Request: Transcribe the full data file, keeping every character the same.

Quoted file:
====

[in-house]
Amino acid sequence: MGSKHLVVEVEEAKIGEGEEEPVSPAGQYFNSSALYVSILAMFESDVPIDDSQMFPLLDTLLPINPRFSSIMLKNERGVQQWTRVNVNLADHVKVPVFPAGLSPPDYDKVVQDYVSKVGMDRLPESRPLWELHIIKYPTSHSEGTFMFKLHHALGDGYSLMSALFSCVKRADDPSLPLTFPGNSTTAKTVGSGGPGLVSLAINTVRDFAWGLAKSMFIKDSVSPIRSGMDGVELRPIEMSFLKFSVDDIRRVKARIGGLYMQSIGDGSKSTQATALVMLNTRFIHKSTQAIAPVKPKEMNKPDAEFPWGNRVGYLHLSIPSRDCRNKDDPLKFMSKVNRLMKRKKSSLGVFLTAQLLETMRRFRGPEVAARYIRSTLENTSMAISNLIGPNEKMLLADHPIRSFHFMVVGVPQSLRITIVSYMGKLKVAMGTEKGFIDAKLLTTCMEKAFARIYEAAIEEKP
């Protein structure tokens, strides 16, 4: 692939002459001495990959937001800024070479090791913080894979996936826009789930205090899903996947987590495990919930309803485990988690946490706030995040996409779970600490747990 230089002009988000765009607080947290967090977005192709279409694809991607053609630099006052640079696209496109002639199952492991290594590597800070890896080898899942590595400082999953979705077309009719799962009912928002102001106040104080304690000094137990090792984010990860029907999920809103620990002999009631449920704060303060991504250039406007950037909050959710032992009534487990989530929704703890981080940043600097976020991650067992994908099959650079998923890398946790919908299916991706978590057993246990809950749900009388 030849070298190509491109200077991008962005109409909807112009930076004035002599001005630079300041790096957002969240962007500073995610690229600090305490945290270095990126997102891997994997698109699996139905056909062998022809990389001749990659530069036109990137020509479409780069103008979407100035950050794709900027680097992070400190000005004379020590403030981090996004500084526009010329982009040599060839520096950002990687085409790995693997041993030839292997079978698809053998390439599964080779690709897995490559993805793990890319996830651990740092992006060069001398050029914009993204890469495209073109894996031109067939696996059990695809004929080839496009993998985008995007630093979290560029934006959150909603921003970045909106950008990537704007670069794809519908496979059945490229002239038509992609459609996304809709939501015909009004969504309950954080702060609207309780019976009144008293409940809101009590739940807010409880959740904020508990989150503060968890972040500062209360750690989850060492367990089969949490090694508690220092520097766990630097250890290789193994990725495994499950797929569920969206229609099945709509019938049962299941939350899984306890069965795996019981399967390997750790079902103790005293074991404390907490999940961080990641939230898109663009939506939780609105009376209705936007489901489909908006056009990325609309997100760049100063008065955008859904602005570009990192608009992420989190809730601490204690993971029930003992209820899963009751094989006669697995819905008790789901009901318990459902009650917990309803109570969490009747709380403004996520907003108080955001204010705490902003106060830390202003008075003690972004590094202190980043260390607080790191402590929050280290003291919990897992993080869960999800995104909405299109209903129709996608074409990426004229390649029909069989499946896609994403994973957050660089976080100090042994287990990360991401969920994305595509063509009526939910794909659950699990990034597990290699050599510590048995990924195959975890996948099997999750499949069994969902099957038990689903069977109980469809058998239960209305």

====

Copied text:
[in-house]
Amino acid sequence: MGSKHLVVEVEEAKIGEGEEEPVSPAGQYFNSSALYVSILAMFESDVPIDDSQMFPLLDTLLPINPRFSSIMLKNERGVQQWTRVNVNLADHVKVPVFPAGLSPPDYDKVVQDYVSKVGMDRLPESRPLWELHIIKYPTSHSEGTFMFKLHHALGDGYSLMSALFSCVKRADDPSLPLTFPGNSTTAKTVGSGGPGLVSLAINTVRDFAWGLAKSMFIKDSVSPIRSGMDGVELRPIEMSFLKFSVDDIRRVKARIGGLYMQSIGDGSKSTQATALVMLNTRFIHKSTQAIAPVKPKEMNKPDAEFPWGNRVGYLHLSIPSRDCRNKDDPLKFMSKVNRLMKRKKSSLGVFLTAQLLETMRRFRGPEVAARYIRSTLENTSMAISNLIGPNEKMLLADHPIRSFHFMVVGVPQSLRITIVSYMGKLKVAMGTEKGFIDAKLLTTCMEKAFARIYEAAIEEKP
């Protein structure tokens, strides 16, 4: 692939002459001495990959937001800024070479090791913080894979996936826009789930205090899903996947987590495990919930309803485990988690946490706030995040996409779970600490747990 230089002009988000765009607080947290967090977005192709279409694809991607053609630099006052640079696209496109002639199952492991290594590597800070890896080898899942590595400082999953979705077309009719799962009912928002102001106040104080304690000094137990090792984010990860029907999920809103620990002999009631449920704060303060991504250039406007950037909050959710032992009534487990989530929704703890981080940043600097976020991650067992994908099959650079998923890398946790919908299916991706978590057993246990809950749900009388 030849070298190509491109200077991008962005109409909807112009930076004035002599001005630079300041790096957002969240962007500073995610690229600090305490945290270095990126997102891997994997698109699996139905056909062998022809990389001749990659530069036109990137020509479409780069103008979407100035950050794709900027680097992070400190000005004379020590403030981090996004500084526009010329982009040599060839520096950002990687085409790995693997041993030839292997079978698809053998390439599964080779690709897995490559993805793990890319996830651990740092992006060069001398050029914009993204890469495209073109894996031109067939696996059990695809004929080839496009993998985008995007630093979290560029934006959150909603921003970045909106950008990537704007670069794809519908496979059945490229002239038509992609459609996304809709939501015909009004969504309950954080702060609207309780019976009144008293409940809101009590739940807010409880959740904020508990989150503060968890972040500062209360750690989850060492367990089969949490090694508690220092520097766990630097250890290789193994990725495994499950797929569920969206229609099945709509019938049962299941939350899984306890069965795996019981399967390997750790079902103790005293074991404390907490999940961080990641939230898109663009939506939780609105009376209705936007489901489909908006056009990325609309997100760049100063008065955008859904602005570009990192608009992420989190809730601490204690993971029930003992209820899963009751094989006669697995819905008790789901009901318990459902009650917990309803109570969490009747709380403004996520907003108080955001204010705490902003106060830390202003008075003690972004590094202190980043260390607080790191402590929050280290003291919990897992993080869960999800995104909405299109209903129709996608074409990426004229390649029909069989499946896609994403994973957050660089976080100090042994287990990360991401969920994305595509063509009526939910794909659950699990990034597990290699050599510590048995990924195959975890996948099997999750499949069994969902099957038990689903069977109980469809058998239960209305």